[Numpy-discussion] fromstring() is slow, no really!
scopatz at gmail.com
Sun May 13 19:28:30 EDT 2012
This week, while doing some optimization, I found that np.fromstring()
is significantly slower than many alternatives out there. This function
basically does two things: (1) it splits the string and (2) it converts the
data to the desired type.
There isn't much we can do about the conversion/casting so what I
mean is that the *string splitting implementation is slow*.
To simplify the discussion, I will just talk about string to 1d float64
I have also issued pull request #279  to numpy with some sample code.
Timings can be seen in the ipython notebook here.
It turns out that using str.split() and np.array() are 20 - 35% faster,
was non-intuitive to me. That is to say:
rawdata = s.split()
data = np.array(rawdata, dtype=float)
is faster than
data = np.fromstring(s, sep=" ", dtype=float)
The next thing to try, naturally, was Cython. This did not change the
timings much for these two strategies. However, being in Cython
allows us to call atof() directly. My implementation is based on a
thread on this topic . However, in the example in , the string was
hard coded, contained only one data value, and did not need to be split.
Thus they saw a dramatic 10x speed boost. To deal with the more
realistic case, I first just continued to use str.split(). This took 35 -
less time than np.fromstring().
Finally, using the strtok() function in the C standard library to call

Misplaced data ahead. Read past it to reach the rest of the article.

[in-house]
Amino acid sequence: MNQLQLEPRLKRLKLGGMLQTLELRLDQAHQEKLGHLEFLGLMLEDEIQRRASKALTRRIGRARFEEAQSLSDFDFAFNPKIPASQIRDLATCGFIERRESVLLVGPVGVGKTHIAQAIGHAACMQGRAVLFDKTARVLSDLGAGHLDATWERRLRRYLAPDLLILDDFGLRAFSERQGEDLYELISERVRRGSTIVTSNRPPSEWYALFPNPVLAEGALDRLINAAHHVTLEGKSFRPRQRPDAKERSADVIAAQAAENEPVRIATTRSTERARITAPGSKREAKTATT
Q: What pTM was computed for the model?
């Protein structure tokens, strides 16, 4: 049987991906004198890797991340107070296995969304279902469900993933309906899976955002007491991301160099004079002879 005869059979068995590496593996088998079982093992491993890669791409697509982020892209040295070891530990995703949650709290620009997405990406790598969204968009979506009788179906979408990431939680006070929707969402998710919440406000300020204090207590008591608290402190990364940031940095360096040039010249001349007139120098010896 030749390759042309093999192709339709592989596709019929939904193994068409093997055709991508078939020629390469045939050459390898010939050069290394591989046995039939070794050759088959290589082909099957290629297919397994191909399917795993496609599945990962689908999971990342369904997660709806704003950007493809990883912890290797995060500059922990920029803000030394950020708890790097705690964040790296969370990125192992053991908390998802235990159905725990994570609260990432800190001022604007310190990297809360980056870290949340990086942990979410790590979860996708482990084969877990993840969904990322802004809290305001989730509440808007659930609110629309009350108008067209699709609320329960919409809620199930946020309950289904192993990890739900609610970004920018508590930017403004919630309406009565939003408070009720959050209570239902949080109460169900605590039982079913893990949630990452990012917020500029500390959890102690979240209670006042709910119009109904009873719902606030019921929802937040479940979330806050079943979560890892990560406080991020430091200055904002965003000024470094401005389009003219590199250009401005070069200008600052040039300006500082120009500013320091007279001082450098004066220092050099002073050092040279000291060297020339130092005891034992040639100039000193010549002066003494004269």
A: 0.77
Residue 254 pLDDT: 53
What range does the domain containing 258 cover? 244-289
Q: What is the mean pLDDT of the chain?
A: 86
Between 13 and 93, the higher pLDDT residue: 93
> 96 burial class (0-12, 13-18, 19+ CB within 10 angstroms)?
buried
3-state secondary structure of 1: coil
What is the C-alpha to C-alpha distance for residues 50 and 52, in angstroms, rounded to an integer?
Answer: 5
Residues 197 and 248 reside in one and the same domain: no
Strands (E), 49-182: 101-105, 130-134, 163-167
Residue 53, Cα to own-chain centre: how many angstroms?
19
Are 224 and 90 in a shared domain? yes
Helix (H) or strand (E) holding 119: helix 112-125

while we tokenize the string further reduces the speed 50 - 60% of the
baseline np.fromstring() time.
In : import fromstr
In : s = "100.0 " * 100000
In : timeit fromstr.fromstring(s)
10 loops, best of 3: 20.7 ms per loop
In : timeit fromstr.split_and_array(s)
100 loops, best of 3: 16.1 ms per loop
In : timeit fromstr.split_atof(s)
100 loops, best of 3: 13.5 ms per loop
In : timeit fromstr.token_atof(s)
100 loops, best of 3: 8.35 ms per loop
Numpy's fromstring() function may be found here . However, this code
is a bit hard to follow but it uses the array_from_text() function . On
other hand str.split()  uses a macro function SPLIT_ADD(). The
between these is that I believe that str.split() over-allocates the size of
list in a more aggressive way than array_from_text(). This leads to fewer
resizes and thus fewer memory copies.
This would also explain why the tokenize implementation is the fastest
this pre-allocates the maximum possible array size and then slices it down.
No resizes are present in this function, though it requires more memory up
The np.fromstring() is slow in the mechanism it chooses to split strings
This is likely due to how many resize operations it must perform. While it
need not be the* *fastest* *thing out there, it should probably be at least
fast at Python string splitting.
No pull-request 'fixing' this issue was provided because I wanted to see
what people thought and if / which option is worth pursuing.
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